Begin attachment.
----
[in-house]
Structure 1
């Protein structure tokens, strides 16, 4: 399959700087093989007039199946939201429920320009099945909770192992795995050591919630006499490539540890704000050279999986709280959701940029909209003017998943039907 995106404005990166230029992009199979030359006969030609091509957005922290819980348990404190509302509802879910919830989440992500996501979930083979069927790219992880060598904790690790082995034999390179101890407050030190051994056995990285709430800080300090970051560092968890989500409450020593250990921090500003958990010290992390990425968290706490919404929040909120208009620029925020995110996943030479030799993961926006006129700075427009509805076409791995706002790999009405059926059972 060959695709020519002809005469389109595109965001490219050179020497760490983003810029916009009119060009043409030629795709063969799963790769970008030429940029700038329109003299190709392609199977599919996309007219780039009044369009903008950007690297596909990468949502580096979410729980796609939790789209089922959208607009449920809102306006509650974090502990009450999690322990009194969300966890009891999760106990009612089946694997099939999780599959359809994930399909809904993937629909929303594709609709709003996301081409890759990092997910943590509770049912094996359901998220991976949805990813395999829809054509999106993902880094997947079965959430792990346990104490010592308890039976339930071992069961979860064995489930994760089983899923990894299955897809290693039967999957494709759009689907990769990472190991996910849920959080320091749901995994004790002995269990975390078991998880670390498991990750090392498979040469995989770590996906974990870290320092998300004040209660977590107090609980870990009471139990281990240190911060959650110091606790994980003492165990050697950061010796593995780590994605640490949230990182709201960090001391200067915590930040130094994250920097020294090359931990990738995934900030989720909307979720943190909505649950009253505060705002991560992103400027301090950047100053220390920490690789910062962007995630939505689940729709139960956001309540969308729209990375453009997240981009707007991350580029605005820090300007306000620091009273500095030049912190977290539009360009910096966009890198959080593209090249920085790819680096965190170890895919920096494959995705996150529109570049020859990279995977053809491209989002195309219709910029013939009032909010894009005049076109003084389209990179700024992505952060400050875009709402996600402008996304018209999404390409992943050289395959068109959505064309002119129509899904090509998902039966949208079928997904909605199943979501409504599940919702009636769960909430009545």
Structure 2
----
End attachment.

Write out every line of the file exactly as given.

[in-house]
Structure 1
């Protein structure tokens, strides 16, 4: 399959700087093989007039199946939201429920320009099945909770192992795995050591919630006499490539540890704000050279999986709280959701940029909209003017998943039907 995106404005990166230029992009199979030359006969030609091509957005922290819980348990404190509302509802879910919830989440992500996501979930083979069927790219992880060598904790690790082995034999390179101890407050030190051994056995990285709430800080300090970051560092968890989500409450020593250990921090500003958990010290992390990425968290706490919404929040909120208009620029925020995110996943030479030799993961926006006129700075427009509805076409791995706002790999009405059926059972 060959695709020519002809005469389109595109965001490219050179020497760490983003810029916009009119060009043409030629795709063969799963790769970008030429940029700038329109003299190709392609199977599919996309007219780039009044369009903008950007690297596909990468949502580096979410729980796609939790789209089922959208607009449920809102306006509650974090502990009450999690322990009194969300966890009891999760106990009612089946694997099939999780599959359809994930399909809904993937629909929303594709609709709003996301081409890759990092997910943590509770049912094996359901998220991976949805990813395999829809054509999106993902880094997947079965959430792990346990104490010592308890039976339930071992069961979860064995489930994760089983899923990894299955897809290693039967999957494709759009689907990769990472190991996910849920959080320091749901995994004790002995269990975390078991998880670390498991990750090392498979040469995989770590996906974990870290320092998300004040209660977590107090609980870990009471139990281990240190911060959650110091606790994980003492165990050697950061010796593995780590994605640490949230990182709201960090001391200067915590930040130094994250920097020294090359931990990738995934900030989720909307979720943190909505649950009253505060705002991560992103400027301090950047100053220390920490690789910062962007995630939505689940729709139960956001309540969308729209990375453009997240981009707007991350580029605005820090300007306000620091009273500095030049912190977290539009360009910096966009890198959080593209090249920085790819680096965190170890895919920096494959995705996150529109570049020859990279995977053809491209989002195309219709910029013939009032909010894009005049076109003084389209990179700024992505952060400050875009709402996600402008996304018209999404390409992943050289395959068109959505064309002119129509899904090509998902039966949208079928997904909605199943979501409504599940919702009636769960909430009545």
Structure 2